That’s not say Marchionne’s new management team is sitting back and waiting. Earlier this month, a select group of reporters got a chance to drive nearly a dozen updated Chrysler and Dodge brand vehicles that, notably, included the new Chrysler 200 — a temporary replacement for the old Sebring until a Fiat-based sedan can be brought to market.
The mere fact that the 200 will be available for the 2011 model year is significant. Chrysler took just 12 months to turn it around, a veritable blink of the eye in the auto industry. And although it didn’t have to do much to exceed the old Sebring, the new 200 is getting almost uniformly positive reviews for its cleaner exterior styling, all-new interior and generally improved ride.
Calling it a “better face” for the company, the widely quoted Car & Driver magazine suggested that, “If this is what the new Chrysler can do with one year, we can’t wait to see what it can do with four.”
While new models like the Chrysler 200 and Fiat 500 are big improvements for the automaker, the real challenge will be to convince skeptical car shoppers to visit its showrooms, Chrysler officials admit.
But the carmaker does have a role model it hopes to emulate, and it's not GM, Ford or Toyota.
“Frankly, our strategy is based on what Hyundai did,” Chrysler marketing manager Bruce Velisek said.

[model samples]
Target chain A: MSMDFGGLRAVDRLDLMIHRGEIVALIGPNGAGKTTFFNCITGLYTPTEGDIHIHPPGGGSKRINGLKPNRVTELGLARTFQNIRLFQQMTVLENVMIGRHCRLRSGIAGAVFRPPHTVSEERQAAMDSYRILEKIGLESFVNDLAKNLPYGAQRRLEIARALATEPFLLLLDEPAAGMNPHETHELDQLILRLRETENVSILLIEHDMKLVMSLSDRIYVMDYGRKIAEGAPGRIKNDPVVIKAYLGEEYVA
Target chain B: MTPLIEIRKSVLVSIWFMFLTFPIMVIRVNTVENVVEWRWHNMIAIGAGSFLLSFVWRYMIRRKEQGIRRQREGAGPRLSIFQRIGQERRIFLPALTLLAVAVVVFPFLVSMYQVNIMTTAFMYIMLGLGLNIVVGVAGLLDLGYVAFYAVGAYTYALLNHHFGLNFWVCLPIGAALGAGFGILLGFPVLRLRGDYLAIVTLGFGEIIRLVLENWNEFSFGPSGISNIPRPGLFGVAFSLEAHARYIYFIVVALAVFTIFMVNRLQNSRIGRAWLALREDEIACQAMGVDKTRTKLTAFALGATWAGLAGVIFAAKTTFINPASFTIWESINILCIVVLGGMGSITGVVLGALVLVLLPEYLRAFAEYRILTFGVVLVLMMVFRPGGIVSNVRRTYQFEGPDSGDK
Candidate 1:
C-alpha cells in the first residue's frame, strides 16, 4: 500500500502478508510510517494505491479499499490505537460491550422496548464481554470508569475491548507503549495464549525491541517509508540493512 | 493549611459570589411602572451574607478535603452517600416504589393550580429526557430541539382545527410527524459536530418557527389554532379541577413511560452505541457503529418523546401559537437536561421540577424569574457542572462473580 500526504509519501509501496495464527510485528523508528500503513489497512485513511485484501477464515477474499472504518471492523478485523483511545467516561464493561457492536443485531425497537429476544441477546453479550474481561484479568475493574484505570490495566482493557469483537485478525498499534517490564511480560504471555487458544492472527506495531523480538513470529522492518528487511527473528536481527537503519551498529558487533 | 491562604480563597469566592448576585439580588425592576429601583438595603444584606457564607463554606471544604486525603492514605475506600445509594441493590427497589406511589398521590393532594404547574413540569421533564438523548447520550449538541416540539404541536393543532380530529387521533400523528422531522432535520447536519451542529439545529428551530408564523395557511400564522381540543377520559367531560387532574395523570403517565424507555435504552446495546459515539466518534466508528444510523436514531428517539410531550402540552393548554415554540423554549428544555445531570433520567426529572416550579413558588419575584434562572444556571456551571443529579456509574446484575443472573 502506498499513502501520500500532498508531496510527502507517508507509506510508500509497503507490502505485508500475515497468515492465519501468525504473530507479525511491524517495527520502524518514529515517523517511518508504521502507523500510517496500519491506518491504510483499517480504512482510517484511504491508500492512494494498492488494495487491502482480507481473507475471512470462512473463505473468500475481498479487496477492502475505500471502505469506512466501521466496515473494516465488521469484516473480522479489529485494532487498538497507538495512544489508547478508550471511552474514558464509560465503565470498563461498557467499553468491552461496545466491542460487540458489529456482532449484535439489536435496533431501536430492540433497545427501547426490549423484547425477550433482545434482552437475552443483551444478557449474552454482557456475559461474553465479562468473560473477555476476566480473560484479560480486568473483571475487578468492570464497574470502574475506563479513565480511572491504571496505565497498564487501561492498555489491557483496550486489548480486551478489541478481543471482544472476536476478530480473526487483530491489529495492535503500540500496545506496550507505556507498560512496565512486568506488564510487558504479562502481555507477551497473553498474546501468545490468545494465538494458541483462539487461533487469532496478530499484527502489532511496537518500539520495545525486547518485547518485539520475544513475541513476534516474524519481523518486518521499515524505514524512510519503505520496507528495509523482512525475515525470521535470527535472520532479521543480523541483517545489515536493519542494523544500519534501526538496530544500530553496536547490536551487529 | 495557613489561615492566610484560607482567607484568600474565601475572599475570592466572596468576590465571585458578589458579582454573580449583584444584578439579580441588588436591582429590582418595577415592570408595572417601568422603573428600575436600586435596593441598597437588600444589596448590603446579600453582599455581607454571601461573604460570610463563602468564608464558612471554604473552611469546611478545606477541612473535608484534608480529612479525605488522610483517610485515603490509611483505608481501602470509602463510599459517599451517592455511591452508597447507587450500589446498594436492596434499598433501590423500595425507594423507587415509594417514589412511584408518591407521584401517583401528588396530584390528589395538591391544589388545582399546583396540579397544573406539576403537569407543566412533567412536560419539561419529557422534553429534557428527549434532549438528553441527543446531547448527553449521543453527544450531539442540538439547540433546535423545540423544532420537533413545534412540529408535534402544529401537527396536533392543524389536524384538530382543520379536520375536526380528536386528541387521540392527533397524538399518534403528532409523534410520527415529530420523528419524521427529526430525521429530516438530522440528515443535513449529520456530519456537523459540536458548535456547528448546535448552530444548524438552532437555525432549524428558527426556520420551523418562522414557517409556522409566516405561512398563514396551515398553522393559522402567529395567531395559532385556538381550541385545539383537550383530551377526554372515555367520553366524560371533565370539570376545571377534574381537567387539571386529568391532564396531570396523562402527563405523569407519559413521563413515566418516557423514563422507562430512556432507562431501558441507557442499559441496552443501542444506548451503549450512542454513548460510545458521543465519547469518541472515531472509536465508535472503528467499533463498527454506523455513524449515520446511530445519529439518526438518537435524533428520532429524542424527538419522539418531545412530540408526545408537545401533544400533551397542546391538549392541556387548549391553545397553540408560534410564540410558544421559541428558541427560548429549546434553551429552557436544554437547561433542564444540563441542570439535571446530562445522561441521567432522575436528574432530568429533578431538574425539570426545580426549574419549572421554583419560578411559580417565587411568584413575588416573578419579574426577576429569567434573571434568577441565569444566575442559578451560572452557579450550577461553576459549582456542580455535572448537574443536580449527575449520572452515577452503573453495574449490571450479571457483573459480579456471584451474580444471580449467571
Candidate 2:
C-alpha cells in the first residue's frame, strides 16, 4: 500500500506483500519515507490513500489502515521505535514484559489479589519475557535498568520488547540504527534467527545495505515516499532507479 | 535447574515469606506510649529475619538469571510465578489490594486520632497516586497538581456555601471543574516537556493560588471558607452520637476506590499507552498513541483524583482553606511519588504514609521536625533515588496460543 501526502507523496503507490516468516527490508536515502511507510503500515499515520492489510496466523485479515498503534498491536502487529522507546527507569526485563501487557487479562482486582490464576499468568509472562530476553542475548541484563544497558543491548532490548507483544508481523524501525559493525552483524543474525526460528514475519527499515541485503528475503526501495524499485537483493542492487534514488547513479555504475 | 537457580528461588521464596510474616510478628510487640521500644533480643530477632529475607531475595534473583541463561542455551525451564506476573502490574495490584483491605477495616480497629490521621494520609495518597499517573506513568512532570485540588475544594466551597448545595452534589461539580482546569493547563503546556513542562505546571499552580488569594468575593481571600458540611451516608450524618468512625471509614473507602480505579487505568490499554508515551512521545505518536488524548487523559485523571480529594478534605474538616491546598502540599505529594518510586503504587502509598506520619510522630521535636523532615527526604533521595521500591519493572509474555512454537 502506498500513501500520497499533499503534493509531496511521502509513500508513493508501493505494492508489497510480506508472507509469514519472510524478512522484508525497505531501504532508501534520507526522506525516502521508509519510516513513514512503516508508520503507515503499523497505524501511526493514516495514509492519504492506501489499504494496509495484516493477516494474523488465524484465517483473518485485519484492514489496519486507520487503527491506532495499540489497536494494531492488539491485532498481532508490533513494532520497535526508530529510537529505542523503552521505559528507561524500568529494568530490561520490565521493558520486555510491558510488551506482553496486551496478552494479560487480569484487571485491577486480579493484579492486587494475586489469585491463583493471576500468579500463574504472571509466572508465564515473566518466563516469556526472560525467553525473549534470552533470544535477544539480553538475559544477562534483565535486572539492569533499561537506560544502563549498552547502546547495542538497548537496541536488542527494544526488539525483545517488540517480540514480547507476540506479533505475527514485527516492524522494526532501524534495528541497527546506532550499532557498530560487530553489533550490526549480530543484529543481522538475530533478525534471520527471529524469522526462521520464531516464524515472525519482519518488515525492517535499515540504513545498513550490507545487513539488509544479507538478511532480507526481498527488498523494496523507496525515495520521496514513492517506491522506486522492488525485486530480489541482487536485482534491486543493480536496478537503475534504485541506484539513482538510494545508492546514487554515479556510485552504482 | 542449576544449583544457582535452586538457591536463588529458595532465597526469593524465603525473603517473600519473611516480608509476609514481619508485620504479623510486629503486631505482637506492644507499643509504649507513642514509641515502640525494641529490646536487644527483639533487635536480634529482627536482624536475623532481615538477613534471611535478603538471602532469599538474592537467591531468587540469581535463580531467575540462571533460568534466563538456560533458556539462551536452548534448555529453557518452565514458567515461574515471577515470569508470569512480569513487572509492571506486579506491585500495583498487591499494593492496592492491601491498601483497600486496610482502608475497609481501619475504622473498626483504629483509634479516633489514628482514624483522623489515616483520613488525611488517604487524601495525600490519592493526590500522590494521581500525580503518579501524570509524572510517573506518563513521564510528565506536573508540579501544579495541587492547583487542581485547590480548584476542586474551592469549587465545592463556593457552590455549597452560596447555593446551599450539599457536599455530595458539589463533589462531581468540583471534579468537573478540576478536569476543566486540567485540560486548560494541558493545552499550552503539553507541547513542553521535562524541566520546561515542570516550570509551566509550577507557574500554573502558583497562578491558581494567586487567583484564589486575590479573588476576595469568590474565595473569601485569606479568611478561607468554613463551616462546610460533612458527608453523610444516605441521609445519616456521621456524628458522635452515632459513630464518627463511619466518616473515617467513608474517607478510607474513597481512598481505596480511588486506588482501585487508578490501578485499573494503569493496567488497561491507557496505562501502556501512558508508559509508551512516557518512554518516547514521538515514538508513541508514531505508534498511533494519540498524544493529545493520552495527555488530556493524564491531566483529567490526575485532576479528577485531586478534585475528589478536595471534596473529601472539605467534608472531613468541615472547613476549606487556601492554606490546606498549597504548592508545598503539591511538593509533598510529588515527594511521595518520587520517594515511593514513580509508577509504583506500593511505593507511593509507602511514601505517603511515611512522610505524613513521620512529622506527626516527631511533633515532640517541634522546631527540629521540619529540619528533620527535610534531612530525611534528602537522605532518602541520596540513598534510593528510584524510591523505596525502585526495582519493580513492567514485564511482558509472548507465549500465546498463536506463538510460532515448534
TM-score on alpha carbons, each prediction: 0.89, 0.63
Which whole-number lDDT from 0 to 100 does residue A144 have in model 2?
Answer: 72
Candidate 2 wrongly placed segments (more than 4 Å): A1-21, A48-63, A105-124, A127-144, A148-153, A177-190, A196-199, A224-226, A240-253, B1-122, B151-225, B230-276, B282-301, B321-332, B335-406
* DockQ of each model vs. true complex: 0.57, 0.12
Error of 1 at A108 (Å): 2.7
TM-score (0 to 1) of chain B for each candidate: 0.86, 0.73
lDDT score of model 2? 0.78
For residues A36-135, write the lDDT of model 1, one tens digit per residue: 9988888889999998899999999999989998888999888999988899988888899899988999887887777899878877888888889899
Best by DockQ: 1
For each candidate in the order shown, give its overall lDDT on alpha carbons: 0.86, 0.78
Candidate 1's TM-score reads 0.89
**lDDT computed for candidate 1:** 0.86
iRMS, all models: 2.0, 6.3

The Korean carmaker has faced many of the same problems as Chrysler in the past, and it had to take significant steps to upgrade its image from that of a low-quality producer of bargain-basement products.
Hyundai has scored some surprising successes with design exercises like the current-generation Sonata. And by loading up its products with high-level content it is now seen as a “value” brand, rather than just the cheapest nameplate on the market.
Once the industry’s design trend-setter, Chrysler hopes to rebuild that reputation — while also upgrading its interiors, a place where it has traditionally lagged.
The 200 is an example of what’s to come, according to Ralph Gilles, Chrysler’s corporate design chief and head of the Dodge brand. The carmaker has switched to single-piece instrument panels, for example, which not only look more refined but eliminate many of the problems Chrysler had joining separate pieces. Soft-touch foams and refined graining help gauges, switches and other controls fit together seamlessly.
“It’s not cheap,” said Gilles, noting that women, in particular, are convinced to purchase a vehicle if they are impressed with its interior.
Much like Hyundai, Chrysler is loading up its 2011 vehicles with a variety of features normally found in more expensive models. In many cases Chrysler is making these features standard equipment while dropping the price of many of these vehicles for the new model year.
Better-looking products won’t solve all of Chrysler’s problems, cautioned analyst Joe Phillippi of AutoTrends Consulting. In the longer-term, he stressed, it will depend on improving build quality and vehicle reliability.
But there are signs that Chrysler is finally making headway. And if GM’s IPO was any indication, Wall Street could be ready to reward a turnaround.